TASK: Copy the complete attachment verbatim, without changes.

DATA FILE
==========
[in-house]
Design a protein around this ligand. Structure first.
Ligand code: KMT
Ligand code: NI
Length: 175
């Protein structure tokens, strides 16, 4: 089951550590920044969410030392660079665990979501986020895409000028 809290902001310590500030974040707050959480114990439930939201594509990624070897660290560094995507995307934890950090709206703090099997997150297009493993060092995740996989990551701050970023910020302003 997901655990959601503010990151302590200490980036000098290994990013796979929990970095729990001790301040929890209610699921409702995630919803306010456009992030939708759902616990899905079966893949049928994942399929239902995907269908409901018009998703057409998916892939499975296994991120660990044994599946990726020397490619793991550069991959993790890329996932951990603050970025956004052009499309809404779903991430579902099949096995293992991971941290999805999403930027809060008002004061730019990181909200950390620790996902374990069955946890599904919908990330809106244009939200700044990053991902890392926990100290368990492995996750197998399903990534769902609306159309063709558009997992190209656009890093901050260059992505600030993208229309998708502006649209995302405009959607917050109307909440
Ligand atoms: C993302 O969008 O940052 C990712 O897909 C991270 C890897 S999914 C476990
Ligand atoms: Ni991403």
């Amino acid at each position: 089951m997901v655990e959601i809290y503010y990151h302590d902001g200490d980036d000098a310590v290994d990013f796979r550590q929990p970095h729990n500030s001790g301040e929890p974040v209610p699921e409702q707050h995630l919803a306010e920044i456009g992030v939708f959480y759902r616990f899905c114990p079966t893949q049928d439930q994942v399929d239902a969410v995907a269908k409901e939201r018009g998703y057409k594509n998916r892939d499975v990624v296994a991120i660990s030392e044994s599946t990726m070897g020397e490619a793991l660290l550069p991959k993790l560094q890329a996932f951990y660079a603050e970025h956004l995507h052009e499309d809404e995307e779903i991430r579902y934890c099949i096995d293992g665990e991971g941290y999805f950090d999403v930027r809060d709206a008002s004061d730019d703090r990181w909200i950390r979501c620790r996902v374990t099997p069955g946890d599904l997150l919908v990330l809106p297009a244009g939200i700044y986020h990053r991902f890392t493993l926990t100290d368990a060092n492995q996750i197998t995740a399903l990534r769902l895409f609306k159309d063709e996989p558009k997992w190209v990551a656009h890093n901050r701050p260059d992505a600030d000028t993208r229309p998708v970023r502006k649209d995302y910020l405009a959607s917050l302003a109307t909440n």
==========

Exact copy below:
[in-house]
Design a protein around this ligand. Structure first.
Ligand code: KMT
Ligand code: NI
Length: 175
């Protein structure tokens, strides 16, 4: 089951550590920044969410030392660079665990979501986020895409000028 809290902001310590500030974040707050959480114990439930939201594509990624070897660290560094995507995307934890950090709206703090099997997150297009493993060092995740996989990551701050970023910020302003 997901655990959601503010990151302590200490980036000098290994990013796979929990970095729990001790301040929890209610699921409702995630919803306010456009992030939708759902616990899905079966893949049928994942399929239902995907269908409901018009998703057409998916892939499975296994991120660990044994599946990726020397490619793991550069991959993790890329996932951990603050970025956004052009499309809404779903991430579902099949096995293992991971941290999805999403930027809060008002004061730019990181909200950390620790996902374990069955946890599904919908990330809106244009939200700044990053991902890392926990100290368990492995996750197998399903990534769902609306159309063709558009997992190209656009890093901050260059992505600030993208229309998708502006649209995302405009959607917050109307909440
Ligand atoms: C993302 O969008 O940052 C990712 O897909 C991270 C890897 S999914 C476990
Ligand atoms: Ni991403």
């Amino acid at each position: 089951m997901v655990e959601i809290y503010y990151h302590d902001g200490d980036d000098a310590v290994d990013f796979r550590q929990p970095h729990n500030s001790g301040e929890p974040v209610p699921e409702q707050h995630l919803a306010e920044i456009g992030v939708f959480y759902r616990f899905c114990p079966t893949q049928d439930q994942v399929d239902a969410v995907a269908k409901e939201r018009g998703y057409k594509n998916r892939d499975v990624v296994a991120i660990s030392e044994s599946t990726m070897g020397e490619a793991l660290l550069p991959k993790l560094q890329a996932f951990y660079a603050e970025h956004l995507h052009e499309d809404e995307e779903i991430r579902y934890c099949i096995d293992g665990e991971g941290y999805f950090d999403v930027r809060d709206a008002s004061d730019d703090r990181w909200i950390r979501c620790r996902v374990t099997p069955g946890d599904l997150l919908v990330l809106p297009a244009g939200i700044y986020h990053r991902f890392t493993l926990t100290d368990a060092n492995q996750i197998t995740a399903l990534r769902l895409f609306k159309d063709e996989p558009k997992w190209v990551a656009h890093n901050r701050p260059d992505a600030d000028t993208r229309p998708v970023r502006k649209d995302y910020l405009a959607s917050l302003a109307t909440n």